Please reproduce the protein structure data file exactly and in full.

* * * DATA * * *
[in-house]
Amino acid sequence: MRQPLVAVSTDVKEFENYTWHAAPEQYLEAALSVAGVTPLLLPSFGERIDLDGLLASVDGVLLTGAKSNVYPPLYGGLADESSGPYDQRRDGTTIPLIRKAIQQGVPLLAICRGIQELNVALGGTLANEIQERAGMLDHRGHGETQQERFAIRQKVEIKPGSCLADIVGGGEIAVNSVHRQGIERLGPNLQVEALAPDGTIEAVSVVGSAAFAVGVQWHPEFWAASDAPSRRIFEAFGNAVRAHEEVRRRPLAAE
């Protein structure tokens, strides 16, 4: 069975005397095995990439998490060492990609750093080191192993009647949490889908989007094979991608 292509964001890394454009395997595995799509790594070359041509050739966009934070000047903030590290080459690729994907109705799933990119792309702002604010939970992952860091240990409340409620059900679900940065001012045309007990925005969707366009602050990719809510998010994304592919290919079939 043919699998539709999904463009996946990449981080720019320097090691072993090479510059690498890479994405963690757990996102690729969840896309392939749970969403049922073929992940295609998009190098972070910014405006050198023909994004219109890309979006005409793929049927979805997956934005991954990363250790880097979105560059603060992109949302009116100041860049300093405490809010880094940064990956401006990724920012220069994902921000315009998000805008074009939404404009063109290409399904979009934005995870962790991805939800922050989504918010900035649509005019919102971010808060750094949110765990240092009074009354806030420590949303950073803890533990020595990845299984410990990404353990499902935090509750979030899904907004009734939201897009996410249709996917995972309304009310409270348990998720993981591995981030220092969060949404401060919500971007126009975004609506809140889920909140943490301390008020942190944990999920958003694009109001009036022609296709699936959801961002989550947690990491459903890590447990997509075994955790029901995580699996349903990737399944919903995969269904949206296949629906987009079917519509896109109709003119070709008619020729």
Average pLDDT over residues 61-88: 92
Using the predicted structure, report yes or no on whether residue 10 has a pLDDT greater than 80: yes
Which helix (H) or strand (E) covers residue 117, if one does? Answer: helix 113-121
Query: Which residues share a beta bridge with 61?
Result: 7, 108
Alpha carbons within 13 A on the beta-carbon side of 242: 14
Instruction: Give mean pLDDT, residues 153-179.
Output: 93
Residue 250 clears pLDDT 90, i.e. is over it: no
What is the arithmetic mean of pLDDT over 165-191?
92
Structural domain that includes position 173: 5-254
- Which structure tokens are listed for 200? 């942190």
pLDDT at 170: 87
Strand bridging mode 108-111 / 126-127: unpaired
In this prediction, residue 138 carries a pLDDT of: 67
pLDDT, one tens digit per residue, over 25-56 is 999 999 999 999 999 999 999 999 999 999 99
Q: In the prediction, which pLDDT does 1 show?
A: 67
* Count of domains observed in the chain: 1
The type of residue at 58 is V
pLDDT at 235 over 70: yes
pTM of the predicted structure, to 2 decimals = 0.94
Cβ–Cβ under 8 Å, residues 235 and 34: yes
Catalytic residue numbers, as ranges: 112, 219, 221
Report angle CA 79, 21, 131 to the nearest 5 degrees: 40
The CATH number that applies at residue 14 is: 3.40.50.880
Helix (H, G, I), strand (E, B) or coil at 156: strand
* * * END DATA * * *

[in-house]
Amino acid sequence: MRQPLVAVSTDVKEFENYTWHAAPEQYLEAALSVAGVTPLLLPSFGERIDLDGLLASVDGVLLTGAKSNVYPPLYGGLADESSGPYDQRRDGTTIPLIRKAIQQGVPLLAICRGIQELNVALGGTLANEIQERAGMLDHRGHGETQQERFAIRQKVEIKPGSCLADIVGGGEIAVNSVHRQGIERLGPNLQVEALAPDGTIEAVSVVGSAAFAVGVQWHPEFWAASDAPSRRIFEAFGNAVRAHEEVRRRPLAAE
């Protein structure tokens, strides 16, 4: 069975005397095995990439998490060492990609750093080191192993009647949490889908989007094979991608 292509964001890394454009395997595995799509790594070359041509050739966009934070000047903030590290080459690729994907109705799933990119792309702002604010939970992952860091240990409340409620059900679900940065001012045309007990925005969707366009602050990719809510998010994304592919290919079939 043919699998539709999904463009996946990449981080720019320097090691072993090479510059690498890479994405963690757990996102690729969840896309392939749970969403049922073929992940295609998009190098972070910014405006050198023909994004219109890309979006005409793929049927979805997956934005991954990363250790880097979105560059603060992109949302009116100041860049300093405490809010880094940064990956401006990724920012220069994902921000315009998000805008074009939404404009063109290409399904979009934005995870962790991805939800922050989504918010900035649509005019919102971010808060750094949110765990240092009074009354806030420590949303950073803890533990020595990845299984410990990404353990499902935090509750979030899904907004009734939201897009996410249709996917995972309304009310409270348990998720993981591995981030220092969060949404401060919500971007126009975004609506809140889920909140943490301390008020942190944990999920958003694009109001009036022609296709699936959801961002989550947690990491459903890590447990997509075994955790029901995580699996349903990737399944919903995969269904949206296949629906987009079917519509896109109709003119070709008619020729």
Average pLDDT over residues 61-88: 92
Using the predicted structure, report yes or no on whether residue 10 has a pLDDT greater than 80: yes
Which helix (H) or strand (E) covers residue 117, if one does? Answer: helix 113-121
Query: Which residues share a beta bridge with 61?
Result: 7, 108
Alpha carbons within 13 A on the beta-carbon side of 242: 14
Instruction: Give mean pLDDT, residues 153-179.
Output: 93
Residue 250 clears pLDDT 90, i.e. is over it: no
What is the arithmetic mean of pLDDT over 165-191?
92
Structural domain that includes position 173: 5-254
- Which structure tokens are listed for 200? 């942190």
pLDDT at 170: 87
Strand bridging mode 108-111 / 126-127: unpaired
In this prediction, residue 138 carries a pLDDT of: 67
pLDDT, one tens digit per residue, over 25-56 is 999 999 999 999 999 999 999 999 999 999 99
Q: In the prediction, which pLDDT does 1 show?
A: 67
* Count of domains observed in the chain: 1
The type of residue at 58 is V
pLDDT at 235 over 70: yes
pTM of the predicted structure, to 2 decimals = 0.94
Cβ–Cβ under 8 Å, residues 235 and 34: yes
Catalytic residue numbers, as ranges: 112, 219, 221
Report angle CA 79, 21, 131 to the nearest 5 degrees: 40
The CATH number that applies at residue 14 is: 3.40.50.880
Helix (H, G, I), strand (E, B) or coil at 156: strand